_{
}

where q_{1} and q_{2} are the electric charges of the two
objects, and r is their separation distance. The electric potential energy of
a system of three point charges (see Figure 26.1) can be calculated in a
similar manner

_{
}

where q_{1}, q_{2}, and q_{3} are the electric charges
of the three objects, and r_{12}, r_{13}, and r_{23}
are their separation distances (see Figure 26.1). The potential energy in
eq.(26.2) is the energy required to assemble the system of charges from an
initial situation in which all charges are infinitely far apart. Equation
(26.2) can be written in terms of the electrostatic potentials V:

_{
}

where V_{other}(1) is the electric potential at the position of charge
1 produced by all other charges

_{
}

and similarly for V_{other}(2) and V_{other}(3).

According to the alpha-particle model of the nucleus some nuclei
consist of a regular geometric arrangement of alpha particles. For instance,
the nucleus of ^{12}C consists of three alpha particles on an
equilateral triangle (see Figure 26.2). Assuming that the distance between
pairs of alpha particles is 3 x 10^{-15} m, what is the electric energy
of this arrangement of alpha particles ? Treat the alpha particles as
pointlike.

The electric potential at the location of each alpha particle is equal to

_{
}

where d = 3.0 x 10^{-15} m. The electric energy of this configuration
can be calculated by combining eq.(26.5) and eq.(26.3):

_{
}

_{
}

The electric field E between the plates is a function of the charge density [sigma]

_{
}

The potential difference V_{1} - V_{2} between the plates can
be obtained by a path integration of the electric field

_{
}

Combining eq.(26.9) and eq.(26.7) we can calculate the electrostatic energy of the system:

_{
}

This equation shows that electrostatic energy can be stored in a capacitor. Equation (26.10) can be rewritten as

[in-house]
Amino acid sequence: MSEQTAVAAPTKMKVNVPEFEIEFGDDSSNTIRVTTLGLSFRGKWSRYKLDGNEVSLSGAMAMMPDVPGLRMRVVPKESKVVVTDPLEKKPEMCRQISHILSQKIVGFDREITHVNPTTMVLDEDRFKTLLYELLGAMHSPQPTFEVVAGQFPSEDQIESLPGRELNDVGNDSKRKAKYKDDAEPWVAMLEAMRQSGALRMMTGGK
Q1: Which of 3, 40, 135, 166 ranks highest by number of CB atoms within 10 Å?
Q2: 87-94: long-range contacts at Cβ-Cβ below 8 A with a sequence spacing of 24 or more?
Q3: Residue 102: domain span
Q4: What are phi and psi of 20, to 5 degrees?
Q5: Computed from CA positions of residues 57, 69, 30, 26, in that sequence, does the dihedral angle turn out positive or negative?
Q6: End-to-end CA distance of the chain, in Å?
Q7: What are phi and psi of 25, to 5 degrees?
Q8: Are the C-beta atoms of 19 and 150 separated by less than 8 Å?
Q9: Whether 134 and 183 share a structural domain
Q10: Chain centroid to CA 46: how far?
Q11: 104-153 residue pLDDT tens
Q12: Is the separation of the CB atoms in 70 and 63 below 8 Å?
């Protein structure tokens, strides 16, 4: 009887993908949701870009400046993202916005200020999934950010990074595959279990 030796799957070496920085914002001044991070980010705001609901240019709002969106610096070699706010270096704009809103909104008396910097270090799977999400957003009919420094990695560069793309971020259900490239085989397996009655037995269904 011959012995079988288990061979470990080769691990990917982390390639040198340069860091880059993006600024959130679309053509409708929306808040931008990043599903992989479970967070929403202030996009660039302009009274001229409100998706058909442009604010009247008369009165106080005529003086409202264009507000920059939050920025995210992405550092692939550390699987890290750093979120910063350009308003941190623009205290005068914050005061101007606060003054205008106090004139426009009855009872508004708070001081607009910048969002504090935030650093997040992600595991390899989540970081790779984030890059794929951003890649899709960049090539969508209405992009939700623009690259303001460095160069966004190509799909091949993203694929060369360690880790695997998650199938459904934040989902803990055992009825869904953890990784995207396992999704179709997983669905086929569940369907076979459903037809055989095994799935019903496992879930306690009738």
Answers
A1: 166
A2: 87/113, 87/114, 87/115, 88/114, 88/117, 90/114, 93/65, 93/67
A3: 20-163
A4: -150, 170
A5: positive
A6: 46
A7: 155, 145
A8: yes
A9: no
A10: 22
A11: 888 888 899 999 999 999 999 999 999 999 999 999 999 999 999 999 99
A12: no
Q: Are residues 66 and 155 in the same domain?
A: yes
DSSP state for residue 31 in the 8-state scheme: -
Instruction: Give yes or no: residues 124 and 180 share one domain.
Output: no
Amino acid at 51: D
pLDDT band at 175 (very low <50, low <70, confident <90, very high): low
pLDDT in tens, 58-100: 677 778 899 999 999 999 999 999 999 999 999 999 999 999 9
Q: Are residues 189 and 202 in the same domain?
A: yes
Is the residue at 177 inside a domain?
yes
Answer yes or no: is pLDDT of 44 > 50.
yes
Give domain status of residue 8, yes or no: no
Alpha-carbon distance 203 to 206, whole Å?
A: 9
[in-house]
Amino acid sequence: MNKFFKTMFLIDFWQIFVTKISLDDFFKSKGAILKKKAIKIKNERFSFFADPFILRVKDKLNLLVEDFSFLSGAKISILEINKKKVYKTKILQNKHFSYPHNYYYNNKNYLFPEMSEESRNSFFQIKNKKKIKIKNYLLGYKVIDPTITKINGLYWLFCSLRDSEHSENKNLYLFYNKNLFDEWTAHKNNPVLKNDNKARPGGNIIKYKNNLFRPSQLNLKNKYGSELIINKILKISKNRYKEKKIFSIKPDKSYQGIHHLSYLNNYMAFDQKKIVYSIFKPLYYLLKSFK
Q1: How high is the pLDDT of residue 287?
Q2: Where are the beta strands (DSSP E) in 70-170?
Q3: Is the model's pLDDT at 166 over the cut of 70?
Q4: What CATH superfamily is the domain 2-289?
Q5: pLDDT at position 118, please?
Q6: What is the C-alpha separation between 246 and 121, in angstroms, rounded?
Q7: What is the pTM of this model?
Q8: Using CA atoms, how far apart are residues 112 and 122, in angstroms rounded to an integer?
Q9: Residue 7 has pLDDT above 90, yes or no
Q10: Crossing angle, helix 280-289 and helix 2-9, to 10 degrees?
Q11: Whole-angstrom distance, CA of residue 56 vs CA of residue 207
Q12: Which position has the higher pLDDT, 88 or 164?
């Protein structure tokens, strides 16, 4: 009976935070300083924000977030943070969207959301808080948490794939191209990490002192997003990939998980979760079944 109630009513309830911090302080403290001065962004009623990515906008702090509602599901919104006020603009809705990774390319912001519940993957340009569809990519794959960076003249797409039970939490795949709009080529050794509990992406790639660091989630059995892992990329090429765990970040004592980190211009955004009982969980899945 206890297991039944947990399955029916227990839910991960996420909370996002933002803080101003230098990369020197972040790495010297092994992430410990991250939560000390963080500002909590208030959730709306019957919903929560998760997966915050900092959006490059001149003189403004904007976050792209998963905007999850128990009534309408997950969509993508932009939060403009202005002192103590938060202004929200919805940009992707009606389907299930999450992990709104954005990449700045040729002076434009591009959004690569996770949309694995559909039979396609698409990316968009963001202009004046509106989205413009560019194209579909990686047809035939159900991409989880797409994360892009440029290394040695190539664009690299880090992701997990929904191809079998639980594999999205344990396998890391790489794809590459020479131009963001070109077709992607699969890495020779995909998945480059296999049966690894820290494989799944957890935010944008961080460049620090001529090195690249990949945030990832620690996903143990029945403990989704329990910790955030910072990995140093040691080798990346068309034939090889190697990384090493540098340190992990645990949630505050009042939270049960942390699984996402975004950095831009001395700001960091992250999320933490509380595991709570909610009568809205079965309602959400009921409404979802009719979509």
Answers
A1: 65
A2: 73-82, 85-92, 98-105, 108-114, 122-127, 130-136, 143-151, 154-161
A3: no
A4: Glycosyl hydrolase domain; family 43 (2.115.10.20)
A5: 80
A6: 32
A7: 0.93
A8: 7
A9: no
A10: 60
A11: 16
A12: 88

_{
}

where Volume is the volume between the capacitor plates. The quantity
[epsilon]_{0} ^{.} E^{2}/2 is called the energy density
(potential energy per unit volume).

_{
}

where V_{1} and V_{2} are the electrostatic potential of the
top and bottom plate, respectively. The potential difference, V_{1} -
V_{2}, is related to the electric field between the plates

_{
}

The electric field E(l) can be related to the charges on the small segments of the capacitor plates via Gauss' law. Consider a volume with its sides parallel to the field lines (see Figure 26.5). The electric flux through its surface is equal to

_{
}

where E(l) is the strength of the electric field at a distance l from the
bottom capacitor plate (see Figure 26.5) and dS(l) is the area of the top of
the integration volume. The flux is negative since the field lines are
entering the integration volume. The flux through the sides of the integration
volume is zero since the sides are chosen to be parallel to the field lines.
The flux through the bottom of the integration volume is also zero, since the
electric field in any conductor is zero. Gauss' law requires that the flux
through the surface of any volume is equal to the charge enclosed by that
volume divided by [epsilon]_{0}:

_{
}

_{
}

Equations (26.12), (26.13) and (26.16) can be combined to give

_{
}

This calculation can be generalized to objects of arbitrary shapes, and the electrostatic energy of any system can be expressed as the volume integral of the energy density u which is defined as

_{
}

Thus

_{
}

where the volume integration extends over all regions where there is an electric field.